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Conservative leader Stephen Harper makes a campaign stop in Toronto on Tuesday, August 18, 2015.

Sean Kilpatrick/The Canadian Press

One day over lunch in Ottawa, Ralph Goodale, the warhorse from the flatlands of Saskatchewan, was stomping all over the Conservative record on economic management. The battering the economy had taken in the early months of 2015 was further evidence for the steadfast Liberal that Canadians had been fooled all along into believing the Tories knew what they were doing.

When I pointed out that, compared to his time as finance minister under Paul Martin, the Conservatives had done quite well electorally with their economic record, Goodale's mood turned.

The difference, he grimly explained, was that Harper knew how to market his work but Goodale's own party didn't. The Liberals blew it, he conceded. The economy was blooming when they were beaten by the Tories in the 2006 election, he said. But in the campaign, the Liberals had barely even talked about it. "We didn't get the message out. We made the operating assumption that it was understood. That tactical decision was mistaken."

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For the Conservatives, Goodale said, "Spin is the number one priority, policy secondary. It's been clear all along."

Clear all along?

"Look at the record. Not since the 1930s have Canadian economic growth numbers been so bad as this last decade under Harper." And no, Goodale argued, you couldn't blame it on "global conditions," as the Prime Minister liked to do. The downturn from the financial crisis ended several years ago.

Now, in 2015, as an election approached, there was a new downturn. The Tories' economic narrative turned sour. Where once Canada was doing better than all the G7 countries, now it was the only country among them with an economy sputtering out recession-like numbers.

The bad news kept rolling in. Oil prices had plunged. Growth numbers fell. Bank of Canada Governor Stephen Poloz called the country's economic performance in the first quarter "atrocious." Uncertainty prompted a delay in the budget delivery date. The country's merchandise trade deficit reached an all-time high. A balanced budget, the much-ballyhooed promise of the government, looked less and less likely, given revenue shortfalls. Labour union economists Jim Stanford and Jordan Brennan did a statistical analysis in which they examined 16 indicators of economic progress for all Canadian governments since the Second World War. Their conclusion: The Harper Tories ranked last.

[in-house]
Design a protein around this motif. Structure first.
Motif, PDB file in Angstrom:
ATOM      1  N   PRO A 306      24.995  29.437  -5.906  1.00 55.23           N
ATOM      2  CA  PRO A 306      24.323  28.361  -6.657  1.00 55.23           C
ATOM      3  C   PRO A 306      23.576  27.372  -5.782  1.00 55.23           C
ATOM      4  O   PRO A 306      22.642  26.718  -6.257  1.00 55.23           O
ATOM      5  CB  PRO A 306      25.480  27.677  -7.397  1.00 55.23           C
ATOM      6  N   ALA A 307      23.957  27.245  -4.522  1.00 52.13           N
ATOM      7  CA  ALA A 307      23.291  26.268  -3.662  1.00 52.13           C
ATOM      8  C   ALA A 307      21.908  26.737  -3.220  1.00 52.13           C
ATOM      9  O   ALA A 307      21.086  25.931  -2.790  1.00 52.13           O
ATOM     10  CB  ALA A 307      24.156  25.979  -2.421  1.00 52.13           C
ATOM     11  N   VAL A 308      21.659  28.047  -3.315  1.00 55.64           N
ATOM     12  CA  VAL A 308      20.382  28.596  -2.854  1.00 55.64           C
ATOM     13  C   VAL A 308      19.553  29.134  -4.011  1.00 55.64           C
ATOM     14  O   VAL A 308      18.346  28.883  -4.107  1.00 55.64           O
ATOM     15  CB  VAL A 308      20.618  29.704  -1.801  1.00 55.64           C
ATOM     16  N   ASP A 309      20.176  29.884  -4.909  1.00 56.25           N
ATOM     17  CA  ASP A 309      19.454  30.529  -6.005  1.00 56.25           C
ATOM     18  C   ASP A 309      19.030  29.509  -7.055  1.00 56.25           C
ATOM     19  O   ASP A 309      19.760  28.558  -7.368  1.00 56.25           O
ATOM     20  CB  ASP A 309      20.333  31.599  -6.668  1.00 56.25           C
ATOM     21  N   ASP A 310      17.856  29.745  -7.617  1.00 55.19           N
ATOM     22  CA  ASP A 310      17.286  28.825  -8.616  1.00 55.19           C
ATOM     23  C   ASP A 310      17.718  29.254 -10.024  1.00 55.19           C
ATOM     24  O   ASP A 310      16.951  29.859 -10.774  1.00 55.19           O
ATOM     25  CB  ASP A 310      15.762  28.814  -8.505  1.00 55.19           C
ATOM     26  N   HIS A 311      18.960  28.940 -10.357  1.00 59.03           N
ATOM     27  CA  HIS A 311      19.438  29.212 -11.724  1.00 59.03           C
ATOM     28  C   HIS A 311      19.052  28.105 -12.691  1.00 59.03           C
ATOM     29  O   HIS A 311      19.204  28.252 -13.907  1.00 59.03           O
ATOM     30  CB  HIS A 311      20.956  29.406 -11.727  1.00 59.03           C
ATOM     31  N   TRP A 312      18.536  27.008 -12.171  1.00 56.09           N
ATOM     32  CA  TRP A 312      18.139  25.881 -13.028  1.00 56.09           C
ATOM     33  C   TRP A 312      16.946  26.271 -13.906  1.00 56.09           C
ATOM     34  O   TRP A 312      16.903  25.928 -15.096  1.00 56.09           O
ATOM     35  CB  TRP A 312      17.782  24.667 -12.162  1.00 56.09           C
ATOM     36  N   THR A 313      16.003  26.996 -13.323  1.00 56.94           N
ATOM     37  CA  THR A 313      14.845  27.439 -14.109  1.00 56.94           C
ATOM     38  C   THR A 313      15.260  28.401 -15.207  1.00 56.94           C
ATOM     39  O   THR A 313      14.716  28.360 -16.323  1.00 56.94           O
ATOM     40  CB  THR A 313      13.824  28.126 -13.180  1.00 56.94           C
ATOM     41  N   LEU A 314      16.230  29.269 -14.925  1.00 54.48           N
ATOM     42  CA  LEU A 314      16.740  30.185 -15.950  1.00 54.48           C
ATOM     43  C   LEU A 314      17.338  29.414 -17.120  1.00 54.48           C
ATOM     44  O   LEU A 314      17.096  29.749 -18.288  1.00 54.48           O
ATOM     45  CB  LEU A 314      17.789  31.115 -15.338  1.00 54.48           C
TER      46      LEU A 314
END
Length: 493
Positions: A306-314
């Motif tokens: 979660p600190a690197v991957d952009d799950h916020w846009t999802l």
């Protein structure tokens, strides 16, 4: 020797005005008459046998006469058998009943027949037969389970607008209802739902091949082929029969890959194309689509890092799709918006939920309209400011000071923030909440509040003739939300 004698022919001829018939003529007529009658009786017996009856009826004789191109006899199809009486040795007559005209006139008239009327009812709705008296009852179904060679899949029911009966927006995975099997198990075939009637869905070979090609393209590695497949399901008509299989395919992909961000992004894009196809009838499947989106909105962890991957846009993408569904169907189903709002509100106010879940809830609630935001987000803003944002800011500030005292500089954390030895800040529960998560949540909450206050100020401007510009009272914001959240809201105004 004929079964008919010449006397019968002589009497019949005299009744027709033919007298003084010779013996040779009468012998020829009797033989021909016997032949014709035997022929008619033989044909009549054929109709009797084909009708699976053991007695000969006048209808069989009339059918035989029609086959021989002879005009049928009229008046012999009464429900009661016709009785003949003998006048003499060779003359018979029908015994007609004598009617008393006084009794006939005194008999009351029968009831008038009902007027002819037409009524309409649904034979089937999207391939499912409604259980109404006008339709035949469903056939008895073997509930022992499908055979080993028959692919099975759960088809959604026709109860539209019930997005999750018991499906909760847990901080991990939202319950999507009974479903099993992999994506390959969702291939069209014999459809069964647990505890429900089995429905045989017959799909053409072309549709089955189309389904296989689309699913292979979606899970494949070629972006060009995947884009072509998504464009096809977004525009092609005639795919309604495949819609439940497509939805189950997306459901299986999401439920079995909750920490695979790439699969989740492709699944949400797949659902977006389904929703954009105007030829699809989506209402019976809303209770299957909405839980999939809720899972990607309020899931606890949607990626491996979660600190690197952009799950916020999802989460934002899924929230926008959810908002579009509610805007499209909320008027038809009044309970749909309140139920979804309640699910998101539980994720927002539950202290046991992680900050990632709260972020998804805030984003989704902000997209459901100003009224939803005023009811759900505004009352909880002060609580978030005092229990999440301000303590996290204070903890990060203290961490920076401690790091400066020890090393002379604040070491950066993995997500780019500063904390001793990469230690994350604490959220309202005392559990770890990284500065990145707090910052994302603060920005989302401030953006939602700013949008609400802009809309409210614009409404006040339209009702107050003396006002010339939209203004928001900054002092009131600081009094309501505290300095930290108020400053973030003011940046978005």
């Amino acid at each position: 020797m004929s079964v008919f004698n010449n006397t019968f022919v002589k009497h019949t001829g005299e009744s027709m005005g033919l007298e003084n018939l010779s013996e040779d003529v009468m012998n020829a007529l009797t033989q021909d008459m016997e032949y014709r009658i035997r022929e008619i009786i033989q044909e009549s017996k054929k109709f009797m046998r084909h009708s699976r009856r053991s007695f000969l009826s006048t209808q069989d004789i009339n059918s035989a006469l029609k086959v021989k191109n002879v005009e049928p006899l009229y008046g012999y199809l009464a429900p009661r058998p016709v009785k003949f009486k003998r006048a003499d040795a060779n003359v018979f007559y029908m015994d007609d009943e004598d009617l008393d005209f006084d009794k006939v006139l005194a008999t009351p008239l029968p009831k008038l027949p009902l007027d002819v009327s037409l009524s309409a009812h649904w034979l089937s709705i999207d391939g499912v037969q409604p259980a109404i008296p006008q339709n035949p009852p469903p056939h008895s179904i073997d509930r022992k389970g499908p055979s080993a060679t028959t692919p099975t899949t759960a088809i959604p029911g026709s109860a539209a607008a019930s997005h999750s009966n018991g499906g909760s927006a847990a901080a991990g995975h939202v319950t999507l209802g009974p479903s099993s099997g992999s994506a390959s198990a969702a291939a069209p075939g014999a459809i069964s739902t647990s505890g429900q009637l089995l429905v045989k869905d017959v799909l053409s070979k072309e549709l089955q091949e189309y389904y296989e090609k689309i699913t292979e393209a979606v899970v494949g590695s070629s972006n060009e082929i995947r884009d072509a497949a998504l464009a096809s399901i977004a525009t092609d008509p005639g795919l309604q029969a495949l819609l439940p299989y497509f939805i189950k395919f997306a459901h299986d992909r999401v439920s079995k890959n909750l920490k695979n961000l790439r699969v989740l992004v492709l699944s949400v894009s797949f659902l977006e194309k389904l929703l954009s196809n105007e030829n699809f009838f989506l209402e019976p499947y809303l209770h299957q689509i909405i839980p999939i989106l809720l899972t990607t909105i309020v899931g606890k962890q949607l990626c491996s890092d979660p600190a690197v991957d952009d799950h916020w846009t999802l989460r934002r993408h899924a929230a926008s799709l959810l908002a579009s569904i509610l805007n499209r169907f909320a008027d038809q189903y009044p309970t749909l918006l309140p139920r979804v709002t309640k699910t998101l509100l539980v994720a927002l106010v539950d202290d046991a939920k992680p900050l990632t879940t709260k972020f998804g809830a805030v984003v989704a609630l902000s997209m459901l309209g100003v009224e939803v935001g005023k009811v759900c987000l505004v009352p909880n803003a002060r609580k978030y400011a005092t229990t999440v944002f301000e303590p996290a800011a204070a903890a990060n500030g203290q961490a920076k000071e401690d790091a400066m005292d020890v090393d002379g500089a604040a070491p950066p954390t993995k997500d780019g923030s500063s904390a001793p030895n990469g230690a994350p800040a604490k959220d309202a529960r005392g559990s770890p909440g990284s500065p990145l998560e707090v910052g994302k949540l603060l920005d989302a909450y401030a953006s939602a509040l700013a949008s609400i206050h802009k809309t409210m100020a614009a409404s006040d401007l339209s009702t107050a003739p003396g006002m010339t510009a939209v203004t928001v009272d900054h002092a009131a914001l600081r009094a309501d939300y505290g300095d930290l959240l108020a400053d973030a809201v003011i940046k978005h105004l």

It wasn't just labour economists who were doubting the Conservatives' record, but the Harper team blew off such studies as being biased.

The dogs barked, the caravan moved on. Through the run of bad news, Finance Minister Joe Oliver showed little concern, maintaining a low profile. When the 75-year-old did appear for Question Period in the House of Commons, pitbull Pierre Poilievre, 36, often stood in his place. The young enforcer had been named the new employment minister.

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Poilievre, with scant life experience outside politics, had frequently been the subject of unflattering press reports. But he was regarded as one of the party's best pitchmen by the Prime Minister. Poilievre was not in the job long before it was revealed that he had used a team of public servants, who weren't supposed to engage in partisan activity, for overtime work on a Sunday. They were called in to film Poilievre glad-handing constituents and promoting the government's Universal Child Care Benefit plan. Not one to brook criticism, Poilievre then took things a step further, wearing a shirt with a Conservative logo on another round of promotion. His government, a Globe and Mail analysis found, funnelled 83% of the projects under its signature infrastructure fund to Conservative-held ridings.

While one wag suggested the Tories should be hit with a "crass-action" suit, they plunged ahead, eyes firmly fixed on the Oct. 19 rendezvous with voters. Their opponents could gripe all they wanted. They weren't going to change their ways. They would pound the airwaves with the message that they were doing great things for Canadians. If the experts were saying their balanced budget was not achievable, it didn't matter; they clung to the boast.

Economic performance, as Goodale noted, was highly susceptible to spin. Harper may never have worked as an economist, but his two degrees in the field taught him an important political truth: Statistics could be found to prove or disprove most any theory one wanted. It was all about who had the biggest megaphones.